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Plagiarism Detection Software: How to Read Your Reports Well! Dr. Gene Kleppinger Eastern Kentucky University Friday 10:45-11:45, Auditorium Cross-Conferenced.

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Presentation on theme: "Plagiarism Detection Software: How to Read Your Reports Well! Dr. Gene Kleppinger Eastern Kentucky University Friday 10:45-11:45, Auditorium Cross-Conferenced."— Presentation transcript:

1 Plagiarism Detection Software: How to Read Your Reports Well! Dr. Gene Kleppinger Eastern Kentucky University Friday 10:45-11:45, Auditorium Cross-Conferenced to BbSEUG, Savannah via Elluminate! Live

2 Plagiarism Detection SafeAssignments and Turnitin reveal how students’ texts match source materials. Text matches can be honest citations, innocuous coincidences or outright plagiarism Wise interpretation of the program’s reports is crucial.

3 About SafeAssignment Provides results similar to Turnitin Implemented at EKU in 2004 because they had the first Bb Building Block, and we continue using it because it works. Data from MyDropBox, the parent company: –Client institutions: 368 (including 74 installations of SA for Blackboard and over 100 institutions using our services through our partner publishers) and individual users from over 500 institutions –Papers processed: peaks up to 6,000/day now, projected peaks of over 10,000/day by the end of this year

4 The SafeAssignment database... Almost 8 billion Internet documents; All major publicly accessible digital databases, such as PubMed, Project Guttenberg™ and other; The FindArticles™ database by LookSmart™ (over 5.5 million articles from over 900 periodical publications); The ProQuest™ ABI/Inform databases (over 1100 publication titles, about 2.7 million articles); MyDropBox’ proprietary database of over 300,000 documents that are known to be offered for sale by paper-mill Web sites; Proprietary institutional archives and databases provided by clients; ZIP archives and password-protected areas available on the Internet indexed on demand.

5 Accessing SafeAssignment... Through Blackboard: integrated to work like Bb’s “Assignment” file-exchange feature, available in every course (no limits). –Students submit files through a “View/Complete” link, placed in any content area –Instructors create links just as for Assignments, and obtain reports in the Control Panel and Gradebook –Instructors also can submit any file at any time Through partnerships with textbook publishers’ Web sites (individual and institutional accounts), primarily in the “writing” area. –Pearson Education, McGraw-Hill, Houghton Mifflin, Bedford/St. Martins, Stoas, etc. –Not necessarily connected directly with Bb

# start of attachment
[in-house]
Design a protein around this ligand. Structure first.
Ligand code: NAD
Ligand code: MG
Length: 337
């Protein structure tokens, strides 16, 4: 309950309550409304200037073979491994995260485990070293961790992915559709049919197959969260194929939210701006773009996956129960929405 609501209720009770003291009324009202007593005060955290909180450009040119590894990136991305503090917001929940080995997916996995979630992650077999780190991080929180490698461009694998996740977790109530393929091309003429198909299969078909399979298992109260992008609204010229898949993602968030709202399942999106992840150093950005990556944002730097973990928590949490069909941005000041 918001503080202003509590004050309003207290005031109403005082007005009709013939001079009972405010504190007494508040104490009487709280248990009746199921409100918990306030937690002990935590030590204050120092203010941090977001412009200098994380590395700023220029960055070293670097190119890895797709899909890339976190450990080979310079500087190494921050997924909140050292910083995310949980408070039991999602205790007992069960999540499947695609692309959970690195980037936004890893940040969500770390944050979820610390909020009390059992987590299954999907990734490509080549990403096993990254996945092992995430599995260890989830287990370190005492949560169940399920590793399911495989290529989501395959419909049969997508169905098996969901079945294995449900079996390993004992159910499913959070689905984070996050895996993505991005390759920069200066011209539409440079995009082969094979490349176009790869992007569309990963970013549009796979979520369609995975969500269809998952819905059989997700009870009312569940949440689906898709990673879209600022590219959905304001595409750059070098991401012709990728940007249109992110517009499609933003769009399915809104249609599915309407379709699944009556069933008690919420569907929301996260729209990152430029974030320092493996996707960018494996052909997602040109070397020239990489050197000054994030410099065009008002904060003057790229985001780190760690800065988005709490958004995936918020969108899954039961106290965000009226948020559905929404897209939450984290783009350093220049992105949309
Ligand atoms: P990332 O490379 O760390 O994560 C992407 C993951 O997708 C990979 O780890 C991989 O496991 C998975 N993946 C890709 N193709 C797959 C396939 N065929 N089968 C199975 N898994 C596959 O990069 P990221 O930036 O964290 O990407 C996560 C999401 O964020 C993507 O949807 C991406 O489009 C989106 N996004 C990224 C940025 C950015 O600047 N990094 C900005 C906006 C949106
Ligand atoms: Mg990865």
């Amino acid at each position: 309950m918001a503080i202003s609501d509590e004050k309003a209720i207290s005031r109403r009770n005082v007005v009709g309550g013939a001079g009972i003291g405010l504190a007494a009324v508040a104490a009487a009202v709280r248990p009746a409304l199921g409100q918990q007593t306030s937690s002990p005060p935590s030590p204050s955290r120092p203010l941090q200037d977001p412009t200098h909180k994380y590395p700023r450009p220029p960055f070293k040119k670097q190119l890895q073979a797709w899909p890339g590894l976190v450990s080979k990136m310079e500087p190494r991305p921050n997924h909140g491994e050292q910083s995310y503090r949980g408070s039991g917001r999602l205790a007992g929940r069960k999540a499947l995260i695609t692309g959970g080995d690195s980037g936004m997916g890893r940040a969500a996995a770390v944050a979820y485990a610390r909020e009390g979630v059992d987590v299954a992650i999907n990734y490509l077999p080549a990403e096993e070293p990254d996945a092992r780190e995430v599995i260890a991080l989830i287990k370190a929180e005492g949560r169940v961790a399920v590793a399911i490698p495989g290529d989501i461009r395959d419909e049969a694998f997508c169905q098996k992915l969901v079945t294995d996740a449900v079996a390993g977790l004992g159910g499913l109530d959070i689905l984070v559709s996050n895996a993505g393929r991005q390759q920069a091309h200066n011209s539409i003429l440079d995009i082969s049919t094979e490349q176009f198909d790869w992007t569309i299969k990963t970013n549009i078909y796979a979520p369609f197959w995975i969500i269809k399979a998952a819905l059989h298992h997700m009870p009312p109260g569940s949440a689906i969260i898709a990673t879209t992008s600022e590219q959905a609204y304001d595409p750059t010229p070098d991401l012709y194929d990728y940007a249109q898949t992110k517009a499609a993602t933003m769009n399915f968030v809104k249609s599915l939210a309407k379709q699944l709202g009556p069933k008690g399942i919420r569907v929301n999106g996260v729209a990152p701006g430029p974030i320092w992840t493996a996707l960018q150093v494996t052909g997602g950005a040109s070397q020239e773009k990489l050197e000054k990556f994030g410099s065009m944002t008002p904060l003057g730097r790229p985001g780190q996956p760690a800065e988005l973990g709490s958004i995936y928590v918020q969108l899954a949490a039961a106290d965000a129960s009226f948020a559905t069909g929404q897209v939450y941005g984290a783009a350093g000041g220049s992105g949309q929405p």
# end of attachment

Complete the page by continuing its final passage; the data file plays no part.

6 Open the list of Safe Assignments for this class

7 Open the SA report window for Essay 2

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9 Link to student’s fileLink to SA report The Gradebook holds links to the same information, listed by student. Text-matching score

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11 Basic information Sites with matched text Student’s text, with color highlights for passages detected as matching, keyed to the list of sites.

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13 this report anywhere

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15 Click to see the contextual matching texts

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17 Evidence shows that the student’s text matches another student’s paper, at the level of quoting similarly from the textbook, with citation. (GOOD WORK!)

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19 “43%” figure is attention- grabbing, but you must investigate further

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21 The evidence shows that this student has copied verbatim from a Web document without citation, representing this work as her own.